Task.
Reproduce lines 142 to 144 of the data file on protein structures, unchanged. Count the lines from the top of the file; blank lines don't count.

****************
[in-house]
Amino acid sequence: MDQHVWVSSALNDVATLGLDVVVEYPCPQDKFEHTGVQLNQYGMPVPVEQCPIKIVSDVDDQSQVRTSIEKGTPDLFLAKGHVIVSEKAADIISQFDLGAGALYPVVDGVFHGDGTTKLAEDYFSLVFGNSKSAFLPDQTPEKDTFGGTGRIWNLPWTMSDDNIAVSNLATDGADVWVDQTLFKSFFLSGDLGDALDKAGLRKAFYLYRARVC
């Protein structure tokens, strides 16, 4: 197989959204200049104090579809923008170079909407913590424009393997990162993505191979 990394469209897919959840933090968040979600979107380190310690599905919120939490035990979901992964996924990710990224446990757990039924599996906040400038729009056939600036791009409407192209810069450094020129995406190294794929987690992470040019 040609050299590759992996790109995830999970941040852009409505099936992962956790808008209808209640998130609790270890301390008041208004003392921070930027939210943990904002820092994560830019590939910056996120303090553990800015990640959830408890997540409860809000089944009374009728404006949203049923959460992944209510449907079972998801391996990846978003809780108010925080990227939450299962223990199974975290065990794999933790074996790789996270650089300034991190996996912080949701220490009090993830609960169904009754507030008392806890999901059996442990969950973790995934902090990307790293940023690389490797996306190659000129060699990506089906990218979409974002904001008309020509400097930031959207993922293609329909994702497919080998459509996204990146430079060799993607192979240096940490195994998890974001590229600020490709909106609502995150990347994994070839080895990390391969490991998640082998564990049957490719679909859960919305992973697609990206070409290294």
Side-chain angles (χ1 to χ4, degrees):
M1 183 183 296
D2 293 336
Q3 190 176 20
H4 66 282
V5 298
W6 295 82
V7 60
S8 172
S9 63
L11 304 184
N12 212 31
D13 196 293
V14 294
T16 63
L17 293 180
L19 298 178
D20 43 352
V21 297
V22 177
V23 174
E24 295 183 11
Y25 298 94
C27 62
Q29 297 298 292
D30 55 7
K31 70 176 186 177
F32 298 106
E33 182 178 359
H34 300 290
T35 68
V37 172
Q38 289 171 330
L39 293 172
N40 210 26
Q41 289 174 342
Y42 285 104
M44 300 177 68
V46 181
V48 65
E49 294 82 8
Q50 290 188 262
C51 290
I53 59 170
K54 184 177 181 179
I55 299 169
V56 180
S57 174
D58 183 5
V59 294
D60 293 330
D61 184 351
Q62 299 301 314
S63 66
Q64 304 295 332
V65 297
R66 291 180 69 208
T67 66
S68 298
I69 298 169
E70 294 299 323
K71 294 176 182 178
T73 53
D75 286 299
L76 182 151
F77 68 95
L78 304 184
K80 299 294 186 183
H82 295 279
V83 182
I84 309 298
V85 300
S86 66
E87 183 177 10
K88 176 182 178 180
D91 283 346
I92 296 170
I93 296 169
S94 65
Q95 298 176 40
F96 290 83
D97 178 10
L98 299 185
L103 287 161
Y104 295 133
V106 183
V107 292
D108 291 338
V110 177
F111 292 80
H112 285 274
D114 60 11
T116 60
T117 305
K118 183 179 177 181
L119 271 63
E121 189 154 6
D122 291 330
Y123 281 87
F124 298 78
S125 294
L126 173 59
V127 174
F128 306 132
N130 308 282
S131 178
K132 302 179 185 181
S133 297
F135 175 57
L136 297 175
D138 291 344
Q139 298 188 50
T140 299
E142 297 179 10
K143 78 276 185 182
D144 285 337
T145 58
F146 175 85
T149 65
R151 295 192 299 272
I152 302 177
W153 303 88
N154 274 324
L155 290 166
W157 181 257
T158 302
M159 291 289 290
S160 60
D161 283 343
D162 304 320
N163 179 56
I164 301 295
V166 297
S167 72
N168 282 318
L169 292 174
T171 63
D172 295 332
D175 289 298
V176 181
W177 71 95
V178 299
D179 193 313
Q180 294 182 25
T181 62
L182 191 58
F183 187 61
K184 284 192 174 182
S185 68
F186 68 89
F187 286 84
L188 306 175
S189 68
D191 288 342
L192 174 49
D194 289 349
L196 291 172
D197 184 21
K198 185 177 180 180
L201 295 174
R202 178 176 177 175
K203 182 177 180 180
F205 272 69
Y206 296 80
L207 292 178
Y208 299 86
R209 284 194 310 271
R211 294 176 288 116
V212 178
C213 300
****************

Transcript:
D175 289 298
V176 181
W177 71 95